The Saints defensive line was surprisingly effective in 2018.
Bringing back a series of pieces from the past three years, we’re going to check each position group on the New Orleans Saints and discuss how they improve the Saints’ chances of making a run in 2019. On to the first position group on defense: the defensive line!
To view previous parts, see below:
Part I: Offensive Line
Part II: Running Backs
Part III: Tight Ends
Part IV: Wide Receivers
Part V: Quarterbacks
The New Orleans Saints defensive line made massive strides in 2018 from years past. In fact, come the end of the 2018 season, the SB Nation mother ship ranked the Saints defensive line among the NFL’s best, saying this:
The Saints lost Alex Okafor in free agency to the Kansas City Chiefs, and Sheldon Rankins went down in 2018 to the same injury which sidelined Okafor in 2017, a torn Achilles. On top of that, David Onyemata is likely going to miss the first few games of the 2018 due to a to-be-determined suspension for possession of marijuana.New Orleans finds itself on here after a few solid draft choices. Cameron Jordan is an elite defensive end. Sheldon Rankins has developed into one of the most disruptive defensive tackles in the league in his third season. Other players, like David Onyemata and Marcus Davenport, have been solid for the Saints as well.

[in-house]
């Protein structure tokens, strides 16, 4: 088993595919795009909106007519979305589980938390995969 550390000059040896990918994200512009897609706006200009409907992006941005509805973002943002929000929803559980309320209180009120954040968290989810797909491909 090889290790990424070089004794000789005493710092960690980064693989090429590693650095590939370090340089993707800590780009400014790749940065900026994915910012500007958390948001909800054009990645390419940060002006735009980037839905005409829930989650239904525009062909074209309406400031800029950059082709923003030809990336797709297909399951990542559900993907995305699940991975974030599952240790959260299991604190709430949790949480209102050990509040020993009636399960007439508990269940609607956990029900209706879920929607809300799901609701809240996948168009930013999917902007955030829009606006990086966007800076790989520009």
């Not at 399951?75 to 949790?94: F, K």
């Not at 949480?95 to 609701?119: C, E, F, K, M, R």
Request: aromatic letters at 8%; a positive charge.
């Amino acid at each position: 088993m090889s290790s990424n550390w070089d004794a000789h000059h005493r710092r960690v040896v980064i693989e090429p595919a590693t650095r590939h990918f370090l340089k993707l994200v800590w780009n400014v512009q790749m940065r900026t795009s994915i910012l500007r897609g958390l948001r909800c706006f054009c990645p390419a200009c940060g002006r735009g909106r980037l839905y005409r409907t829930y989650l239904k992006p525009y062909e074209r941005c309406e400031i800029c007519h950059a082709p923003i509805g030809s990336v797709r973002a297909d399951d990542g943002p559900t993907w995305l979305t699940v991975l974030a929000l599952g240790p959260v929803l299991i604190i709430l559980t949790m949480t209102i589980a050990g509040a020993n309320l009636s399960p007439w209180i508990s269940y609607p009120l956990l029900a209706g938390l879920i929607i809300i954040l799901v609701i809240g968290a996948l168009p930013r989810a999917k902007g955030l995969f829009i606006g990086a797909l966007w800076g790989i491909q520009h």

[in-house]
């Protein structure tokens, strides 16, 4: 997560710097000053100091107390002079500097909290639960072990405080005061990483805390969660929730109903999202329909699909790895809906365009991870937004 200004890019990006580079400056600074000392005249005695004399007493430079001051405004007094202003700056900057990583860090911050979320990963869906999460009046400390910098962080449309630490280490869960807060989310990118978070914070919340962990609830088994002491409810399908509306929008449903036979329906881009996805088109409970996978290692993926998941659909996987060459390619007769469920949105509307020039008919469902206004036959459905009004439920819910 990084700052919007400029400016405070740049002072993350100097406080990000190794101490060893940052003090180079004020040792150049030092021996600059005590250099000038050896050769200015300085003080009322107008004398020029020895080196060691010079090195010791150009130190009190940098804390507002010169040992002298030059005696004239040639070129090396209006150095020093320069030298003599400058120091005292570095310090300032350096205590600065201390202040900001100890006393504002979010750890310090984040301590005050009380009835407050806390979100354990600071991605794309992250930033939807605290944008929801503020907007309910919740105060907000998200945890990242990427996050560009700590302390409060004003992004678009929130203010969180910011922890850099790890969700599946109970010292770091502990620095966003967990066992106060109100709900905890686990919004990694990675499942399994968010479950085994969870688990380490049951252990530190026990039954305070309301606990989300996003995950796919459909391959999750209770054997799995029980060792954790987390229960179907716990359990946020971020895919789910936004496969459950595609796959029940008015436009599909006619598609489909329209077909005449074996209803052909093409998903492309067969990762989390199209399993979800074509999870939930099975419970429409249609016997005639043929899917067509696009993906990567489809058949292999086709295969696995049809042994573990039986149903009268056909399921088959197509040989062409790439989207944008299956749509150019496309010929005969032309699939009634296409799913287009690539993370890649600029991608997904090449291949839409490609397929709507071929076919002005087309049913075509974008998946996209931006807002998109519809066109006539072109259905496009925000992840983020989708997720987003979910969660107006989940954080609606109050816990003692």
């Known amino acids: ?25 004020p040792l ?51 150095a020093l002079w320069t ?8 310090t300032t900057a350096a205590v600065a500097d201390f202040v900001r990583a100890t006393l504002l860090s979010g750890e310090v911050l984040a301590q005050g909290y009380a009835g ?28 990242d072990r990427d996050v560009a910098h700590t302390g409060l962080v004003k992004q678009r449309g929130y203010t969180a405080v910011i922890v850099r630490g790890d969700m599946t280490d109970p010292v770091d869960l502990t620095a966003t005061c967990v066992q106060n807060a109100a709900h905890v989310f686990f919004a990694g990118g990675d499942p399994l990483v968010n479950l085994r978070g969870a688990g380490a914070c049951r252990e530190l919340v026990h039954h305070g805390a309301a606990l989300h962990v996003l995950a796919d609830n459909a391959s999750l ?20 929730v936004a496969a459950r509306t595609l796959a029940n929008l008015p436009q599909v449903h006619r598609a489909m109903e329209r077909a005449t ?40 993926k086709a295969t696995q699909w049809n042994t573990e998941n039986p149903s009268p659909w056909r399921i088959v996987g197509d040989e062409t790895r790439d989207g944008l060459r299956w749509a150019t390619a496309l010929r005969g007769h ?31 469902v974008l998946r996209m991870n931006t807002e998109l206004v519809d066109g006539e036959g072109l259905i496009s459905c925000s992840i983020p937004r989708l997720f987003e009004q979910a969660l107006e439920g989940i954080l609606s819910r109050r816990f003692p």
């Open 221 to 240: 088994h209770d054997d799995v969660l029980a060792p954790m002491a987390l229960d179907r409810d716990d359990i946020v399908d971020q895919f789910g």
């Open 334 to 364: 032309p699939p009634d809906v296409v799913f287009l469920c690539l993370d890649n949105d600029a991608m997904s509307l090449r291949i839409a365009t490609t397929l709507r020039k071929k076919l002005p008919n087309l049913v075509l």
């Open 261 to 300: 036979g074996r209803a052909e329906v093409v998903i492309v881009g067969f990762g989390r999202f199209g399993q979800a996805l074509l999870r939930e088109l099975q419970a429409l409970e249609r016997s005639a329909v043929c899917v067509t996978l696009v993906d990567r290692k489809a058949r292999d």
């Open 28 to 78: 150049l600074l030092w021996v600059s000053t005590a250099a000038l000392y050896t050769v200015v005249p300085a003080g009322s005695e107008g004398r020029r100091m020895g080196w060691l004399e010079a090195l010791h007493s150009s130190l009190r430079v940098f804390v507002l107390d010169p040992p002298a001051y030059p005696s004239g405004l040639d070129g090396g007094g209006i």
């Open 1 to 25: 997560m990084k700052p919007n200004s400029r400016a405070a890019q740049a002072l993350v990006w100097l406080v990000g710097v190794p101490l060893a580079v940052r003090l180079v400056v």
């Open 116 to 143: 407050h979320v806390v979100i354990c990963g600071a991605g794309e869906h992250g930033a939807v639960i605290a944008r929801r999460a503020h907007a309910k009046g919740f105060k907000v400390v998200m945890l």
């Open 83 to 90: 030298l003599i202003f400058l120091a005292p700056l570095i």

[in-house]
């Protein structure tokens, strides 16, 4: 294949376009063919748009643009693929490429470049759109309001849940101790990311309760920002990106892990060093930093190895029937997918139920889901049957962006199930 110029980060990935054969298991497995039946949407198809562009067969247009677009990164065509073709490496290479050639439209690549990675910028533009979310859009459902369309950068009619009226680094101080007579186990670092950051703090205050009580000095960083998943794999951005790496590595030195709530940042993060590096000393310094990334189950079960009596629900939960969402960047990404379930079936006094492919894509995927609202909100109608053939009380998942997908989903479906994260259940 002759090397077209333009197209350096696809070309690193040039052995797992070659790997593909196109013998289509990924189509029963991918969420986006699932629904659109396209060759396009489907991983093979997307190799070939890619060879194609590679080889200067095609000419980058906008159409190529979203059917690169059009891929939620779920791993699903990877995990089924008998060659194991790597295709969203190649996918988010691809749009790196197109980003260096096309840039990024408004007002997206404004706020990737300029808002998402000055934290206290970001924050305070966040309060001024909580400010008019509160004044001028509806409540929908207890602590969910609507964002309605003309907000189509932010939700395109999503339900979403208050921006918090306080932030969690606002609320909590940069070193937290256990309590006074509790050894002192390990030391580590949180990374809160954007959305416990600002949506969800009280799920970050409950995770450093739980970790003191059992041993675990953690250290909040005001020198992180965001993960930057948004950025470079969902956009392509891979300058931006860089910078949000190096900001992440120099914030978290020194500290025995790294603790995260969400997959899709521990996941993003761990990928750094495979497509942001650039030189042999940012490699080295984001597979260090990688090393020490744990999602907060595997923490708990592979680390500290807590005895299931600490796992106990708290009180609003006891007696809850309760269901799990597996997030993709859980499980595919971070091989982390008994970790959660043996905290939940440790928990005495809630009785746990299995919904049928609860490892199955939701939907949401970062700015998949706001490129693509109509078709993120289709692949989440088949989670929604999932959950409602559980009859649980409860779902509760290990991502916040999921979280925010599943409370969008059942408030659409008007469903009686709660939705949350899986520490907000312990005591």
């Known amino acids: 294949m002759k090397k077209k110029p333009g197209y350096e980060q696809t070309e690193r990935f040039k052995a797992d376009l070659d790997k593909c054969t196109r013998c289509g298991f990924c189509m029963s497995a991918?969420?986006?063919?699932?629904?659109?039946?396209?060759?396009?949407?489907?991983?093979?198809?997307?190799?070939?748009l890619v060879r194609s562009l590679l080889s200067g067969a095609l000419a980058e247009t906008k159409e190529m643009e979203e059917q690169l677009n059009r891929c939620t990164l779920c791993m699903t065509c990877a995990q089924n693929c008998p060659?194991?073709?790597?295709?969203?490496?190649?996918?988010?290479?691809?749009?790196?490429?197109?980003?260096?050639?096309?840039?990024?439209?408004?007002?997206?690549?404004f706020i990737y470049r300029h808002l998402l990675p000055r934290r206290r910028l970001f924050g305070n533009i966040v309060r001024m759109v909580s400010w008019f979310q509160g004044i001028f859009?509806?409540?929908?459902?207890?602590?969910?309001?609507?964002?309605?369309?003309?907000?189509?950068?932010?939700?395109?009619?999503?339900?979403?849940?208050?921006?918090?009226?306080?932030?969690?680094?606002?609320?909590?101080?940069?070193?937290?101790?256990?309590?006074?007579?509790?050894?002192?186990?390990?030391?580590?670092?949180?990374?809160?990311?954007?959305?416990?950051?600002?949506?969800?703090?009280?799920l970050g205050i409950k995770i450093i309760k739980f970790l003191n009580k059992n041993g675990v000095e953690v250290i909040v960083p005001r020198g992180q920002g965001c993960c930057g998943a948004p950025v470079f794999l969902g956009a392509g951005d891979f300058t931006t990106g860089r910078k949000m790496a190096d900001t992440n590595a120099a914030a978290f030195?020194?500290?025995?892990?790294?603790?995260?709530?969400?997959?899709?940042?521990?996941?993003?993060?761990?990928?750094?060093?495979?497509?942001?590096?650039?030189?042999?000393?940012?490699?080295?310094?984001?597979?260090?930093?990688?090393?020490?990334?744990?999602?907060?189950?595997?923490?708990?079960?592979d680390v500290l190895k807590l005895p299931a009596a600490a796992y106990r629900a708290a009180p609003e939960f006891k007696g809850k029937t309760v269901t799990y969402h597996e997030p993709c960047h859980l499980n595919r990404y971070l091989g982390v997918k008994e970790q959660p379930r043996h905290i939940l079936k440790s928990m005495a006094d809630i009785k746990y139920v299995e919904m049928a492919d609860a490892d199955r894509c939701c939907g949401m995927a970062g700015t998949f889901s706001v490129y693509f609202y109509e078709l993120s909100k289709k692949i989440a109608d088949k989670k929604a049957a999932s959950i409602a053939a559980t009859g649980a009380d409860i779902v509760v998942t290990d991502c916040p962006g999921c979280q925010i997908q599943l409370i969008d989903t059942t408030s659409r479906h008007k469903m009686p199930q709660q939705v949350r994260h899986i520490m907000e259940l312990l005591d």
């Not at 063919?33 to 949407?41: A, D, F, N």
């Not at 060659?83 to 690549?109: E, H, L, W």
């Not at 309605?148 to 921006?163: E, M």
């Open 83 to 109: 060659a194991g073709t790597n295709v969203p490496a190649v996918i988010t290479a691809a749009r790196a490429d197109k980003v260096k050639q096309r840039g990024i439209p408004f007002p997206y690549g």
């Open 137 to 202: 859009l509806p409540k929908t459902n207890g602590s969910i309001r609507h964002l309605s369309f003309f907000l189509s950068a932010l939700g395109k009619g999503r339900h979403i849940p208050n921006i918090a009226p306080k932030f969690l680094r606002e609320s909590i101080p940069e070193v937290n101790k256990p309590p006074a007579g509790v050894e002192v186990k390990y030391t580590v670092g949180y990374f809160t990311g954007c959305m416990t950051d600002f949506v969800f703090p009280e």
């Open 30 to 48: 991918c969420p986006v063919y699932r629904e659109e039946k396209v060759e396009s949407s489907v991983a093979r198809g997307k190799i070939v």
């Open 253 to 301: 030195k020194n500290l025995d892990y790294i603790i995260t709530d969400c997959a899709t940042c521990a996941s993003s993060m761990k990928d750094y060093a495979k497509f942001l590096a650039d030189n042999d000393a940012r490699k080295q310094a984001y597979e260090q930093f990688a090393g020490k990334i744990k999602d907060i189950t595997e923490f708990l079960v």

So here’s why they’re better in 2019:
To compensate for the loss of Okafor and the injury to Rankins, the Saints brought in a host of bodies to fill out the defensive line. The Saints signed former first round pick and two-time Super Bowl champ Malcom Brown from the New England Patriots to play defensive tackle in place of Rankins. The Saints also signed former second round pick Mario Edwards Jr to play in rotation at defensive end.
Mario Edwards isn’t likely to take the majority of the snaps left behind from Alex Okafor, though. No, those snaps will likely be given to 2018 first round pick Marcus Davenport, as big things are expected from the big fella in 2019.
After the Saints traded up for Davenport in the first round of the 2018 NFL Draft, the Saints had to be patient with him last year as injuries hindered his growth. Davenport missed three games last season due to an injured toe, but when he was on the field, he was more than impressive.
Davenport saw his snap counts grow week to week as the season progressed (when he was healthy). For instance, in Week 1, Davenport was on the field for only 34% of the team’s defensive snaps (compare that to someone like Cam Jordan, who typically averages over 90% of the team’s defensive snaps per game). By the time Week 17 came, Davenport was on the field for over 72% of the team’s defensive snaps, a significant increase from the start of the season. This increase in snaps is part of the reason why the Saints are not as worried about the loss of production from Alex Okafor signing with the Chiefs.
Between Marcus Davenport and Cam Jordan, the Saints have a pair of complete defensive ends the likes of which the Saints haven’t seen since the Jordan/Galette or the Cam Jordan/Will Smith days. As Davenport (and Onyemata and a healthy Rankins) continue to grow, the Saints defensive line will continue to be among the NFL’s elite.